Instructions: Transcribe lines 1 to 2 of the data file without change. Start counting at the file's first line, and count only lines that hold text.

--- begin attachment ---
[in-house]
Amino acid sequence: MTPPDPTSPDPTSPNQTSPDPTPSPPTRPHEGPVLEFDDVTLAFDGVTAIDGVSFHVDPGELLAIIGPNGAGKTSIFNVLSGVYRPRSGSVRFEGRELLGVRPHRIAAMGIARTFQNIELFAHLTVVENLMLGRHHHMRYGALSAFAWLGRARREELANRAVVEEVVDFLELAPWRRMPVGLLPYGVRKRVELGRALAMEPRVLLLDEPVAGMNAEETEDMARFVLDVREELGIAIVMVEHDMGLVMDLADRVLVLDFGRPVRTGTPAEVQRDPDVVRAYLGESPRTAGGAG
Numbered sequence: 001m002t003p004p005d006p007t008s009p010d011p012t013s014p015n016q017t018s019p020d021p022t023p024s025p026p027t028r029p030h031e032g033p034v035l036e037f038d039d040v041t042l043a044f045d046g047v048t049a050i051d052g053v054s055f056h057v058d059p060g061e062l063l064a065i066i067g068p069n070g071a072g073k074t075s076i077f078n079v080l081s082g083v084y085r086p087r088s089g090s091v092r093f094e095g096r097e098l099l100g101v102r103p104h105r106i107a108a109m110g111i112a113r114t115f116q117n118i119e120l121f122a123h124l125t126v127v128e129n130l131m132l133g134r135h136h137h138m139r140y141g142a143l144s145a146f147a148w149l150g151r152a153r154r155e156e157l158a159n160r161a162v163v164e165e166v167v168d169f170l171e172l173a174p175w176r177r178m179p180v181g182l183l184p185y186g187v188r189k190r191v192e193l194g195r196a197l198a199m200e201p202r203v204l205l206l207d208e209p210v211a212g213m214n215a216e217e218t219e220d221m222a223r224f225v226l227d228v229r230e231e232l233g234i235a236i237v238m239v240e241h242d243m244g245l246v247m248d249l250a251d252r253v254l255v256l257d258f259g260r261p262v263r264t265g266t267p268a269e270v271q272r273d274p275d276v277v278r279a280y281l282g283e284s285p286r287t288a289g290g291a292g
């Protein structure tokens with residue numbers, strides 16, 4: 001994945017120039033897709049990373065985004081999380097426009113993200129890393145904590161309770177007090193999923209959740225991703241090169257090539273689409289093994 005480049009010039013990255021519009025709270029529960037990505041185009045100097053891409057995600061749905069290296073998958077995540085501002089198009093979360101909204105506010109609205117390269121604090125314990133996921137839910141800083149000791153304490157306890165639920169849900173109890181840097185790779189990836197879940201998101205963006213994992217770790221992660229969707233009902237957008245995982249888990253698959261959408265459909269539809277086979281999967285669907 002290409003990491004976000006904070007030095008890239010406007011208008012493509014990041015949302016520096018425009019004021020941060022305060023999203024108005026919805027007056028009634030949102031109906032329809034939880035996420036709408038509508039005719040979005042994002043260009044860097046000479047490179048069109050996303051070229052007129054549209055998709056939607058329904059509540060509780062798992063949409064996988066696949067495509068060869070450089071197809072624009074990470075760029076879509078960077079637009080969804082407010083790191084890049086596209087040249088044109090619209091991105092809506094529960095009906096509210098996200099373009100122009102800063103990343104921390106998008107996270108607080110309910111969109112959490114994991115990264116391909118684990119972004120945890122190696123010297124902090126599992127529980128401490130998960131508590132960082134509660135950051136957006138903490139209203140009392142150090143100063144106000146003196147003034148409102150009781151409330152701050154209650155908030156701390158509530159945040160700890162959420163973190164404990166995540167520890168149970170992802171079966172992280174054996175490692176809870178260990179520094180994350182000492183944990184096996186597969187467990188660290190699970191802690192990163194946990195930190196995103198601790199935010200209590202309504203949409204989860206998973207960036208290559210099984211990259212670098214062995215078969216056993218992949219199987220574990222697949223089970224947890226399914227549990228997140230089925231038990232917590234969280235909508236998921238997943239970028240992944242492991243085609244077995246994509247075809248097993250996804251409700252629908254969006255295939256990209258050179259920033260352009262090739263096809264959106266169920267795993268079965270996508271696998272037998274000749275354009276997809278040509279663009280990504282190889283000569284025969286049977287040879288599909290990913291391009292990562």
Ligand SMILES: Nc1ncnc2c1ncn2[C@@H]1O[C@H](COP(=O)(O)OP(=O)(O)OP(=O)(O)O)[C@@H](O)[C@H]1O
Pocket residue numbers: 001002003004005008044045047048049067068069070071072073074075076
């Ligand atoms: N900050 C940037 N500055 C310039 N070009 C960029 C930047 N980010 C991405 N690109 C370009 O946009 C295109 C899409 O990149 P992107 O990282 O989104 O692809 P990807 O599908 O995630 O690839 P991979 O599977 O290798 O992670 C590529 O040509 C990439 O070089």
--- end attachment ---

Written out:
[in-house]
Amino acid sequence: MTPPDPTSPDPTSPNQTSPDPTPSPPTRPHEGPVLEFDDVTLAFDGVTAIDGVSFHVDPGELLAIIGPNGAGKTSIFNVLSGVYRPRSGSVRFEGRELLGVRPHRIAAMGIARTFQNIELFAHLTVVENLMLGRHHHMRYGALSAFAWLGRARREELANRAVVEEVVDFLELAPWRRMPVGLLPYGVRKRVELGRALAMEPRVLLLDEPVAGMNAEETEDMARFVLDVREELGIAIVMVEHDMGLVMDLADRVLVLDFGRPVRTGTPAEVQRDPDVVRAYLGESPRTAGGAG